70 Years After Doctors Said Her Baby Died, This Old Woman Received A Life-Changing Phone Call

At the age of 88, Genevive Purinton was living a fairly solitary life at her retirement home in Florida. All of her immediate family had sadly passed away, and she believed that the only child she’d given birth to had died soon after delivery almost seven decades ago. But then she received a note that would finally help her to uncover the truth.

As a teenager, Purinton became pregnant with a married man. She was single and yet to graduate from high school. Back then, in the late 1940s, it was frowned upon for a woman to have children out of wedlock. As a result, it appears that Purinton’s mother and father didn’t approve of the situation in which she’d found herself.

At just 18 years of age, Purinton gave birth to her daughter in Indiana in 1949. However, she would never get to hold her little baby. That’s because nurses at the hospital informed her that she’d died. In December 2018 Purinton told NBC News, “I asked to see the baby and they said she died. That’s all I remember.”

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At the time, Purinton had no reason to doubt what hospital workers were telling her. They’d said outright that her baby had passed away, so it didn’t cross her mind to ask to see her daughter’s birth certificate. Instead, she accepted the fact that she’d lost her child and focused on getting her life back together.

Without her baby girl, Purinton found herself feeling isolated. Her mom had warned her that her dad would kill her if she returned home. So she instead went to live with her grandmother. She finished high school before leaving her home state of Indiana for a new life in Florida.

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Purinton reportedly arrived in her new home without knowing a soul. However, what she lacked in company, she made up for in grit and conviction. She carved out a life for herself in Tampa. But she would never go on to have any more children following a hysterectomy to treat a tumor.

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Despite that health scare, Purinton was destined to live a long life. However, the downside to that was watching all of her eight siblings pass before her. As of December 2018, Purinton was 88 and believed that she was the only one remaining in her family. Consequently, she lived a simple existence at a care home in North Tampa.

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As Purinton wiled away the days at her assisted living facility, she had no way of knowing that she would soon discover a new relative. One which would ultimately lead her to a whole new side of her family that she never even knew existed. It all began in September 2018, when Purinton was handed the phone number of a lady called Connie Moultroup.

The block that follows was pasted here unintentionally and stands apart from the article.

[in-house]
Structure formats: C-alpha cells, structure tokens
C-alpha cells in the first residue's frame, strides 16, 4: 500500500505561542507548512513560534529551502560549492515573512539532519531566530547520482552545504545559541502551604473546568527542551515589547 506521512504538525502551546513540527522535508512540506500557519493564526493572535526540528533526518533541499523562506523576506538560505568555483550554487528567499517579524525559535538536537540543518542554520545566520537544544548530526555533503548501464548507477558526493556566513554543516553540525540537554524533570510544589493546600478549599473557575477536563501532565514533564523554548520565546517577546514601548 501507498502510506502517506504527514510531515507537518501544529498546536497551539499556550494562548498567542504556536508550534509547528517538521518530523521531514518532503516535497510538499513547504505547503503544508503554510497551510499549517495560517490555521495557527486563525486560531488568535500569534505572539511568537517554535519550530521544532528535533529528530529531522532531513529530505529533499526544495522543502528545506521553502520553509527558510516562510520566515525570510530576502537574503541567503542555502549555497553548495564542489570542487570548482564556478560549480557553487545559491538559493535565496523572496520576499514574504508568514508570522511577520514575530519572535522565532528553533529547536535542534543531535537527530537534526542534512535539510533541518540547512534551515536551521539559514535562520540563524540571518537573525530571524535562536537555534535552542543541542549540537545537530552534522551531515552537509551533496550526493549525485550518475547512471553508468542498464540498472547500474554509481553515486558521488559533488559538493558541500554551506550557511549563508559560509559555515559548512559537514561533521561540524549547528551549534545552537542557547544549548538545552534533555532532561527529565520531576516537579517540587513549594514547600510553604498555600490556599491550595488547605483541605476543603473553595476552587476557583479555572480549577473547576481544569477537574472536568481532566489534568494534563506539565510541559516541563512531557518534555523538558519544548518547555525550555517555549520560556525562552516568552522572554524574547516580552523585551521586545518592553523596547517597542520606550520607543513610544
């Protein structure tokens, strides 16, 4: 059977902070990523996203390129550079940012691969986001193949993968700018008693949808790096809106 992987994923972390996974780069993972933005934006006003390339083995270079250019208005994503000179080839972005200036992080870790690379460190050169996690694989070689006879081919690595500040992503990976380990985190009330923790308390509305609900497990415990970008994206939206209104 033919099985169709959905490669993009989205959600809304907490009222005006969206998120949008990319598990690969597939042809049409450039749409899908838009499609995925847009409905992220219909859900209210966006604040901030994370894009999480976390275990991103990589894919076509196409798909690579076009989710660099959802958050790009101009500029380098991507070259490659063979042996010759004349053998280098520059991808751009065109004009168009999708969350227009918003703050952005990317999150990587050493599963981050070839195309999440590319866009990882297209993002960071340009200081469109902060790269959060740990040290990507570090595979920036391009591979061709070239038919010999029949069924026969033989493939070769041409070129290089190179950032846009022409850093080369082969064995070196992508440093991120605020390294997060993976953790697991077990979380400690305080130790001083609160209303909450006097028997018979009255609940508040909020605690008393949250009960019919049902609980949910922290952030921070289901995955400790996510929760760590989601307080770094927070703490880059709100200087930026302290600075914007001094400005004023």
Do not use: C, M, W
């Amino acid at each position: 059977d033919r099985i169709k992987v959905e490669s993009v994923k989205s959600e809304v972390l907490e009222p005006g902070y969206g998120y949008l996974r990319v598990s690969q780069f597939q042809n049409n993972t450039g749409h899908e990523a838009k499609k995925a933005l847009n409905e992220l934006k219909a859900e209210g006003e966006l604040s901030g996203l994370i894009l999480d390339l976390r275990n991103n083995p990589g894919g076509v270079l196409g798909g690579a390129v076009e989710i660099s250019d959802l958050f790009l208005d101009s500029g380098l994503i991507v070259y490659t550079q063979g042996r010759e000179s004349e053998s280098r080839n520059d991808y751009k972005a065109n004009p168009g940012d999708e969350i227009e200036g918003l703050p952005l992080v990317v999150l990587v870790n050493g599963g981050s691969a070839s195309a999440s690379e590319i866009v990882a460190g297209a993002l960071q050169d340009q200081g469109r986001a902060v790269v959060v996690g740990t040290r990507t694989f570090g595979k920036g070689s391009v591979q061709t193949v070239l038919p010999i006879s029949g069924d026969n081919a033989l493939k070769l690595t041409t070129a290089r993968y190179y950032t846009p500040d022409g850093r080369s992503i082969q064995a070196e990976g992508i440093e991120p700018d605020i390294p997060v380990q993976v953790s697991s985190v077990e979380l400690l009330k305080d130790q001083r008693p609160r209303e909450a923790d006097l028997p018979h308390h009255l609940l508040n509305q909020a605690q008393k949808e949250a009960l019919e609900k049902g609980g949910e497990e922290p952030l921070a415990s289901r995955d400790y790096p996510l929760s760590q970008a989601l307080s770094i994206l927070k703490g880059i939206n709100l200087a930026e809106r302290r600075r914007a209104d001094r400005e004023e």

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Moultroup was raised in Santa Barbara, California, after being adopted as a baby. She was always aware that her parents weren’t biologically related to her. Nevertheless, she loved hearing about how they came to welcome her into their family. And the fact that they chose her to be their own no doubt made her feel special.

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Moultroup revealed how her parents would talk openly about her adoption. In 2018 she told Inside Edition, “My favorite bedtime story was how my parents walked up and down the halls of the hospital looking at all the babies until they found me and then they stopped. It was sweet.”

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However, Moultroup’s happy bubble was not to last. Sadly, her adoptive mother died when Moultroup herself was just a small child. Her father subsequently remarried, but he too fell ill and soon passed away as well. As a result, Moultroup had lost both her adoptive parents by the age of five.

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In 2018 Moultroup’s own daughter, Bonnie Chase, revealed to CNN, “Her adoptive mother died of cancer. And shortly after, her adoptive father was diagnosed with a heart condition.” Plus, to make matters worse, Moultroup’s stepmother was reportedly abusive. As such, hers was not the happiest of childhoods.

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With no major maternal influence in her life, Moultroup supposedly always fantasized about meeting her real mom. And she did actually look for her biological mother during her 30s – but her efforts proved fruitless. Eventually, it seems, life got in the way of Moultroup’s quest to find her family.

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As an adult, Moultroup settled in Richmond, Vermont, enjoying a career as a nurse and then a massage therapist. She had just one daughter, Bonnie Chase, who herself went on to have two children. As a result, by the time she was in her late 60s, Moultroup only had three blood relatives that she was aware of.